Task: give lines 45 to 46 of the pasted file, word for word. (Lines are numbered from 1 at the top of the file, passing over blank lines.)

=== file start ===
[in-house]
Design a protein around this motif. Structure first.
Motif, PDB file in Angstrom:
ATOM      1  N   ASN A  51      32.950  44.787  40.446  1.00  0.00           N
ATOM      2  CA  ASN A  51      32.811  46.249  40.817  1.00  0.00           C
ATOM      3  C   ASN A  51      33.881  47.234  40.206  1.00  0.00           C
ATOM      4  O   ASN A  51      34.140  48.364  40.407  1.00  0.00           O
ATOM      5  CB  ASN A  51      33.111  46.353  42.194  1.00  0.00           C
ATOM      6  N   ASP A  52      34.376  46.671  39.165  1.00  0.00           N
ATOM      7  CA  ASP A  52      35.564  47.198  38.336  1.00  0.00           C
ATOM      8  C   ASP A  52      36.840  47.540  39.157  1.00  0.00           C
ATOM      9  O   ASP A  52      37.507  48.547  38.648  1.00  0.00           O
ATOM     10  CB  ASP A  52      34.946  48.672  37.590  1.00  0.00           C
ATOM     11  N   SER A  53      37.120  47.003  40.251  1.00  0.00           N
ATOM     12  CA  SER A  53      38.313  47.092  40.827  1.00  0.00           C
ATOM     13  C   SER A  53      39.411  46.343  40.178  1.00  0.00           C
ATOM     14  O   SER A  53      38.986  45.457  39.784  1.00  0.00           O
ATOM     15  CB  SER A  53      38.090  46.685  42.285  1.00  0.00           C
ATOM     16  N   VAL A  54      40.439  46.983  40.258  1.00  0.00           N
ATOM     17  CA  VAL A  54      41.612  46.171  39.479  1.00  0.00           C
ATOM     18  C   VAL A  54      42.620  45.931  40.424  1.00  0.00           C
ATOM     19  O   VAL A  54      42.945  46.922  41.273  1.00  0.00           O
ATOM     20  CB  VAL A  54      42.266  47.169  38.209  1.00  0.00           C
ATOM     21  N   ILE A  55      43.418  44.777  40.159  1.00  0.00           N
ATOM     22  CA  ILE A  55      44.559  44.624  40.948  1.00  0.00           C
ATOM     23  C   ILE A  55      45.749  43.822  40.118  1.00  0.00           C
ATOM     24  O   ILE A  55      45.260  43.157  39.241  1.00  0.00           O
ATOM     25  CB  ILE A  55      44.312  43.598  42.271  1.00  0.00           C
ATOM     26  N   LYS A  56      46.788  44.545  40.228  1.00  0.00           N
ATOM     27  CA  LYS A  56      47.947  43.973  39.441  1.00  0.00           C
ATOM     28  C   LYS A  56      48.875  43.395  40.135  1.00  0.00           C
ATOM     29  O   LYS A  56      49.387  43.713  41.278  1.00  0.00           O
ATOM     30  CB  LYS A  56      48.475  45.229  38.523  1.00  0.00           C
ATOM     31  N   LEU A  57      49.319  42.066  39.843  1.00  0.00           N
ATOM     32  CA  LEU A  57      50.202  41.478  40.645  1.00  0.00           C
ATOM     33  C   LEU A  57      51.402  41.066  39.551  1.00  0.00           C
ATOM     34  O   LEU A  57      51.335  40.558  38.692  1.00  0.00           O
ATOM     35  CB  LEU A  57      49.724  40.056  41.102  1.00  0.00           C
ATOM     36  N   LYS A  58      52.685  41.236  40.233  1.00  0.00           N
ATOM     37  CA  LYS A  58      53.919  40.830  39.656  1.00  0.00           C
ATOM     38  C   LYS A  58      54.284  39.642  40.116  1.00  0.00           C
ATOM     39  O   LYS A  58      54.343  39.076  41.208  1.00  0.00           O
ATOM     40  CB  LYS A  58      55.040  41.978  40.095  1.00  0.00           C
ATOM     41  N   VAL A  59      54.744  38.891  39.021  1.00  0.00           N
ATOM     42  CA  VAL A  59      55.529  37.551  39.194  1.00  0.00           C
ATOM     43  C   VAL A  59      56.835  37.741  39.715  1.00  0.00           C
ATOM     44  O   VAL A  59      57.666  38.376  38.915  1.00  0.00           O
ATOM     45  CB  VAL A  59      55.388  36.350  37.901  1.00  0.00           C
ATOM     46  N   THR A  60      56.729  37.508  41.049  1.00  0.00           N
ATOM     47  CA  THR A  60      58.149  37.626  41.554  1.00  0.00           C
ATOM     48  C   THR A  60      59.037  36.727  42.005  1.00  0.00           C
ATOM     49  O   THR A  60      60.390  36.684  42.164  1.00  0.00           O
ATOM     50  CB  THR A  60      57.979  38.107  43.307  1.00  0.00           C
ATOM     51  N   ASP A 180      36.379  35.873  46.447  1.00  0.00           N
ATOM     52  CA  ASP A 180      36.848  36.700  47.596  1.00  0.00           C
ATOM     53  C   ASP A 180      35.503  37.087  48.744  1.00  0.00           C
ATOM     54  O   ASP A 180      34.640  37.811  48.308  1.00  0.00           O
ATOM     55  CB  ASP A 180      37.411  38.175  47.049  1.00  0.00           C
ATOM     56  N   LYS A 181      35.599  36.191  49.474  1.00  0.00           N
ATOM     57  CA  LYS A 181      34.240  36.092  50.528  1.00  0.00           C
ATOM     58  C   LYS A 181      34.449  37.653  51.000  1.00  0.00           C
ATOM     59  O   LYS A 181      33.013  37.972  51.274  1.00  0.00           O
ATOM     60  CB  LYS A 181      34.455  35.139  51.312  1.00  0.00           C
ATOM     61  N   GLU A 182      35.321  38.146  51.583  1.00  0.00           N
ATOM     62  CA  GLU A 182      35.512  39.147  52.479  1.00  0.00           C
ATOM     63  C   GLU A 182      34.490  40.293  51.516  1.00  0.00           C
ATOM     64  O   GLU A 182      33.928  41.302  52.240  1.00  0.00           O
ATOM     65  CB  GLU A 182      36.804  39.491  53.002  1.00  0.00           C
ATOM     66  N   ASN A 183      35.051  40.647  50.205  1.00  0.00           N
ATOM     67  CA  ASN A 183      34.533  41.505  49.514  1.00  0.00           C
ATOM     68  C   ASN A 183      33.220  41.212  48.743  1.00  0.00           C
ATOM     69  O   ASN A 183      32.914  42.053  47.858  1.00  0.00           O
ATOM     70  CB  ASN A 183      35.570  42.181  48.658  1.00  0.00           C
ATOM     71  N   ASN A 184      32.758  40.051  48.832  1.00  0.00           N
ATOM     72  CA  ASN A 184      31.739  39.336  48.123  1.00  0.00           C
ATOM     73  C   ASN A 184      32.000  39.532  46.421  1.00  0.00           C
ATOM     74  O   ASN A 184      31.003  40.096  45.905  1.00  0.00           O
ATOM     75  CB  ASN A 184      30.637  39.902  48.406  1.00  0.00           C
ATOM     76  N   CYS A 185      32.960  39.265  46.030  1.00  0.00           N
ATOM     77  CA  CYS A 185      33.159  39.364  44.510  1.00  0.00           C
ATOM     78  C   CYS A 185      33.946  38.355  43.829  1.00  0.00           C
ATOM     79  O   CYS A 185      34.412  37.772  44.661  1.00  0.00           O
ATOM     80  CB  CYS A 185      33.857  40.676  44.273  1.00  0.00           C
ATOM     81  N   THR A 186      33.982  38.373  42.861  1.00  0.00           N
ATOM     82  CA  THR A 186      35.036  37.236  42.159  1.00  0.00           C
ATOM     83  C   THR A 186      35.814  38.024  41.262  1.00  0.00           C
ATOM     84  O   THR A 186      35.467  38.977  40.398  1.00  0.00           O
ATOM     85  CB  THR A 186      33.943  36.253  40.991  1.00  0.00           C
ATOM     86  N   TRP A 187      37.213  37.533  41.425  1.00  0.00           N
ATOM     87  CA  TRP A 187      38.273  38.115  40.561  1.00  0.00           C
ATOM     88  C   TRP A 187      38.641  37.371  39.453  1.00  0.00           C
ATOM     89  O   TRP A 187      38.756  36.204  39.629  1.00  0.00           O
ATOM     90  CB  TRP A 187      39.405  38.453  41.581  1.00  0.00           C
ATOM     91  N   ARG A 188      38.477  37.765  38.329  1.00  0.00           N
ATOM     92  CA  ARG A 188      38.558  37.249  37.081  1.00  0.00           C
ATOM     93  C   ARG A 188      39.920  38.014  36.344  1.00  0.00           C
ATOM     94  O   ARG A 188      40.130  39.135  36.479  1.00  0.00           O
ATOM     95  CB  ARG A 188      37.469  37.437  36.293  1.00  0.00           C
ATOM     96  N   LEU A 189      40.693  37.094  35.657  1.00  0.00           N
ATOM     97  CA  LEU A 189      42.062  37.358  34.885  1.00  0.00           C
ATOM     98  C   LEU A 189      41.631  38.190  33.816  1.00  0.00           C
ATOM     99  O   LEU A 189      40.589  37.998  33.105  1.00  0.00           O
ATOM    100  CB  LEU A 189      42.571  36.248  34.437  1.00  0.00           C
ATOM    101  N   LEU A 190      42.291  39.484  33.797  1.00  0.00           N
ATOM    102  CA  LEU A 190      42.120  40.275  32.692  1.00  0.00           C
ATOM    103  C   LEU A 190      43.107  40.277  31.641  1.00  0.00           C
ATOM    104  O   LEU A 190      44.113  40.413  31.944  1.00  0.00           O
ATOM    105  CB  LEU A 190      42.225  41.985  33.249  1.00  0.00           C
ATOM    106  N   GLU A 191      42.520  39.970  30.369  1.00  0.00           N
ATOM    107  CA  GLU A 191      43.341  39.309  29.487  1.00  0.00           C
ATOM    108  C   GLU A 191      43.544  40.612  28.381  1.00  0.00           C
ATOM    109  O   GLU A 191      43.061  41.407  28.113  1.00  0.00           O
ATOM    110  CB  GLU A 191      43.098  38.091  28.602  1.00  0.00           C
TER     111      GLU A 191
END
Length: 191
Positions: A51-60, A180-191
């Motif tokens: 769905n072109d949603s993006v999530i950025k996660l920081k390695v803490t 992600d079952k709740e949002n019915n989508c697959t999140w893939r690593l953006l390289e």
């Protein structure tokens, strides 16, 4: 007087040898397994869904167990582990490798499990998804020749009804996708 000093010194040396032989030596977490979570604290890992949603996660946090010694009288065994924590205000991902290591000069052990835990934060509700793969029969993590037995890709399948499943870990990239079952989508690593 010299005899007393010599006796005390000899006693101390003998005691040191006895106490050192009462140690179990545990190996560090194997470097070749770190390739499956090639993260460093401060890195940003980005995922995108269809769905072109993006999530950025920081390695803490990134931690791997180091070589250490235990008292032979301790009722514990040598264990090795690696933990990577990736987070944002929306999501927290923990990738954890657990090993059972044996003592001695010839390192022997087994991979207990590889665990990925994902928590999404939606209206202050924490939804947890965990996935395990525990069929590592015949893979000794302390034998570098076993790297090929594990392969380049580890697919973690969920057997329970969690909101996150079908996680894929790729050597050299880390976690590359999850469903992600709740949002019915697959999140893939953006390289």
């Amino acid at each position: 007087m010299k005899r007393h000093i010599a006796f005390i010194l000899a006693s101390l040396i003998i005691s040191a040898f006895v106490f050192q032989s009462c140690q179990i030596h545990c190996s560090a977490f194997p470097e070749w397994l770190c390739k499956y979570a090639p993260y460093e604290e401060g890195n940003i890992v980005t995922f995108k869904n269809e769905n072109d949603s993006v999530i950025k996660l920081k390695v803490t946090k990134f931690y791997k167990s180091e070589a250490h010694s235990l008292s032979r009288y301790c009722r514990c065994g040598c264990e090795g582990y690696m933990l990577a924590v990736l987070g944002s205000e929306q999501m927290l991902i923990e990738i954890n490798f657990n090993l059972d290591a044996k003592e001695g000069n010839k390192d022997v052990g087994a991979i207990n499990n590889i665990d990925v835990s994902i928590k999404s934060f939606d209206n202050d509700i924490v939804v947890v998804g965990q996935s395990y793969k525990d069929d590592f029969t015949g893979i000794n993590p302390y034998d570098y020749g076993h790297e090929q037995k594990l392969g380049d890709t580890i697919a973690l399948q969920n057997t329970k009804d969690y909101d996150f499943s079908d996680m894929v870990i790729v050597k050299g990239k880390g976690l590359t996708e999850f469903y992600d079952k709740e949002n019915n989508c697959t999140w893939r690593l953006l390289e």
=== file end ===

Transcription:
ATOM     42  CA  VAL A  59      55.529  37.551  39.194  1.00  0.00           C
ATOM     43  C   VAL A  59      56.835  37.741  39.715  1.00  0.00           C